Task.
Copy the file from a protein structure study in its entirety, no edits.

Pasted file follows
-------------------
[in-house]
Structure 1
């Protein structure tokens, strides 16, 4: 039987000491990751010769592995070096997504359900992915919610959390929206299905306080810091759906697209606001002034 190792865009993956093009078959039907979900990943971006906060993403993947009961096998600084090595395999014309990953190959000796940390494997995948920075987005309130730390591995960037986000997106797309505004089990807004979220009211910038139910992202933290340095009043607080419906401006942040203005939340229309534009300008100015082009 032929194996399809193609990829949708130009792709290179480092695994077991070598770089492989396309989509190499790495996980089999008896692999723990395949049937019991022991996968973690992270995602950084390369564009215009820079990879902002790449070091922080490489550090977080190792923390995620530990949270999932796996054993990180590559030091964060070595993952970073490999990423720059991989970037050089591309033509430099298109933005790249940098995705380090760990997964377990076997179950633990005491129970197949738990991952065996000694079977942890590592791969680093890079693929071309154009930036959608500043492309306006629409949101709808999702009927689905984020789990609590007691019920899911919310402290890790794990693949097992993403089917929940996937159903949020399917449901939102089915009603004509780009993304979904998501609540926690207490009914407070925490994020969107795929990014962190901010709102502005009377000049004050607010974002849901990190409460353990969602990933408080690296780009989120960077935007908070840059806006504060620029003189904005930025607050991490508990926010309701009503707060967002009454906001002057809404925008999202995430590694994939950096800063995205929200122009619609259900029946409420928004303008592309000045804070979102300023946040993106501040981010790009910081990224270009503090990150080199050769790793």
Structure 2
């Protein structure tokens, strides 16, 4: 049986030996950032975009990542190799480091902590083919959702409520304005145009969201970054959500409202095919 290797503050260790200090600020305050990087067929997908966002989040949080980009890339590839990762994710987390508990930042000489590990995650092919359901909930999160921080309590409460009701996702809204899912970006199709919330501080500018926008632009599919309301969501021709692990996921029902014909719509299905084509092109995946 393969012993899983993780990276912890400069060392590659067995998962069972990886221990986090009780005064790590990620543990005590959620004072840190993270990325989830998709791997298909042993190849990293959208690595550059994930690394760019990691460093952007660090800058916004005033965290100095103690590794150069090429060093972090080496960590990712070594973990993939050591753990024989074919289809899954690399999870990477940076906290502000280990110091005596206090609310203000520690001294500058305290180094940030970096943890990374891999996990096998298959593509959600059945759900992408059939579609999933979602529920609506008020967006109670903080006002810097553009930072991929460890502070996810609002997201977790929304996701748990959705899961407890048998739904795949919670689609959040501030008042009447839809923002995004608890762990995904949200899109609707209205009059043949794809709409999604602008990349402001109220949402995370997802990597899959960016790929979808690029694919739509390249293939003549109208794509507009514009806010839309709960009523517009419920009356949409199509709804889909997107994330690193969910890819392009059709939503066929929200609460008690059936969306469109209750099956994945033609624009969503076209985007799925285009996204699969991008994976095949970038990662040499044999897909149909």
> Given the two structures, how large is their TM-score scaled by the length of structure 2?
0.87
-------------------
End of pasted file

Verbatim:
[in-house]
Structure 1
């Protein structure tokens, strides 16, 4: 039987000491990751010769592995070096997504359900992915919610959390929206299905306080810091759906697209606001002034 190792865009993956093009078959039907979900990943971006906060993403993947009961096998600084090595395999014309990953190959000796940390494997995948920075987005309130730390591995960037986000997106797309505004089990807004979220009211910038139910992202933290340095009043607080419906401006942040203005939340229309534009300008100015082009 032929194996399809193609990829949708130009792709290179480092695994077991070598770089492989396309989509190499790495996980089999008896692999723990395949049937019991022991996968973690992270995602950084390369564009215009820079990879902002790449070091922080490489550090977080190792923390995620530990949270999932796996054993990180590559030091964060070595993952970073490999990423720059991989970037050089591309033509430099298109933005790249940098995705380090760990997964377990076997179950633990005491129970197949738990991952065996000694079977942890590592791969680093890079693929071309154009930036959608500043492309306006629409949101709808999702009927689905984020789990609590007691019920899911919310402290890790794990693949097992993403089917929940996937159903949020399917449901939102089915009603004509780009993304979904998501609540926690207490009914407070925490994020969107795929990014962190901010709102502005009377000049004050607010974002849901990190409460353990969602990933408080690296780009989120960077935007908070840059806006504060620029003189904005930025607050991490508990926010309701009503707060967002009454906001002057809404925008999202995430590694994939950096800063995205929200122009619609259900029946409420928004303008592309000045804070979102300023946040993106501040981010790009910081990224270009503090990150080199050769790793």
Structure 2
């Protein structure tokens, strides 16, 4: 049986030996950032975009990542190799480091902590083919959702409520304005145009969201970054959500409202095919 290797503050260790200090600020305050990087067929997908966002989040949080980009890339590839990762994710987390508990930042000489590990995650092919359901909930999160921080309590409460009701996702809204899912970006199709919330501080500018926008632009599919309301969501021709692990996921029902014909719509299905084509092109995946 393969012993899983993780990276912890400069060392590659067995998962069972990886221990986090009780005064790590990620543990005590959620004072840190993270990325989830998709791997298909042993190849990293959208690595550059994930690394760019990691460093952007660090800058916004005033965290100095103690590794150069090429060093972090080496960590990712070594973990993939050591753990024989074919289809899954690399999870990477940076906290502000280990110091005596206090609310203000520690001294500058305290180094940030970096943890990374891999996990096998298959593509959600059945759900992408059939579609999933979602529920609506008020967006109670903080006002810097553009930072991929460890502070996810609002997201977790929304996701748990959705899961407890048998739904795949919670689609959040501030008042009447839809923002995004608890762990995904949200899109609707209205009059043949794809709409999604602008990349402001109220949402995370997802990597899959960016790929979808690029694919739509390249293939003549109208794509507009514009806010839309709960009523517009419920009356949409199509709804889909997107994330690193969910890819392009059709939503066929929200609460008690059936969306469109209750099956994945033609624009969503076209985007799925285009996204699969991008994976095949970038990662040499044999897909149909």
> Given the two structures, how large is their TM-score scaled by the length of structure 2?
0.87